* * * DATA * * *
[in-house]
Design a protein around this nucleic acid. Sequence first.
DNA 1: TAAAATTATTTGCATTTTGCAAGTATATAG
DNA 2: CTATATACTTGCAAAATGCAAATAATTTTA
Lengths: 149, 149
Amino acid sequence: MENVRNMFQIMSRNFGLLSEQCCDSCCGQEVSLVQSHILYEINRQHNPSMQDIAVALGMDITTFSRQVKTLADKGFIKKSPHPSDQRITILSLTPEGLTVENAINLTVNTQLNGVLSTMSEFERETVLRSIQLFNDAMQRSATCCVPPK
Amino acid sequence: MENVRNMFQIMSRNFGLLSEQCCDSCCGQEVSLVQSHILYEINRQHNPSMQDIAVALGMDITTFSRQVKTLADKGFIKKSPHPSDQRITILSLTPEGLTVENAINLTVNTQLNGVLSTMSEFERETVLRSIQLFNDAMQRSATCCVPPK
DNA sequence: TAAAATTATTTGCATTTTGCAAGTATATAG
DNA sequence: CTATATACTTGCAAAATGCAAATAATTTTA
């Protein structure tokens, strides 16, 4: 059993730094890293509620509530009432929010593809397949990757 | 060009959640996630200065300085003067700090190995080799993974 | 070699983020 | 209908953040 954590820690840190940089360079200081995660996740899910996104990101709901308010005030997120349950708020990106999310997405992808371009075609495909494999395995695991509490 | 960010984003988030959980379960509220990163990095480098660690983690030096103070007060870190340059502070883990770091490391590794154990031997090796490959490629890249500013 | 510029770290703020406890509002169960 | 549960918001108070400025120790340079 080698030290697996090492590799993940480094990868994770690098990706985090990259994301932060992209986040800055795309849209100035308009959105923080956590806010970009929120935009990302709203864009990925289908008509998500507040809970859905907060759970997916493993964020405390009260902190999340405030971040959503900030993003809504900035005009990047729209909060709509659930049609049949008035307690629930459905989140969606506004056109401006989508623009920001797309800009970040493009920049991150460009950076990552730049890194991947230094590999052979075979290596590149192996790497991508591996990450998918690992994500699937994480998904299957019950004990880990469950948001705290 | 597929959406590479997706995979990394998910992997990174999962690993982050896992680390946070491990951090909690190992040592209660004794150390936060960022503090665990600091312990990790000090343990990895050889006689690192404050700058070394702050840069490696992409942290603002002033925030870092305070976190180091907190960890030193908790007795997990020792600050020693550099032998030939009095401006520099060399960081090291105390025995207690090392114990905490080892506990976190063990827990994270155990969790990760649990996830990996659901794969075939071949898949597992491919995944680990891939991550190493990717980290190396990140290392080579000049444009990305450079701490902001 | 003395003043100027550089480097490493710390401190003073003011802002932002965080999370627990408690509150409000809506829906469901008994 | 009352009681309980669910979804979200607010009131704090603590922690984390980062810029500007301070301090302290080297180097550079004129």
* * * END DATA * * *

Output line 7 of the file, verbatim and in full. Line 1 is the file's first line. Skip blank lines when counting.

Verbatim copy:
Amino acid sequence: MENVRNMFQIMSRNFGLLSEQCCDSCCGQEVSLVQSHILYEINRQHNPSMQDIAVALGMDITTFSRQVKTLADKGFIKKSPHPSDQRITILSLTPEGLTVENAINLTVNTQLNGVLSTMSEFERETVLRSIQLFNDAMQRSATCCVPPK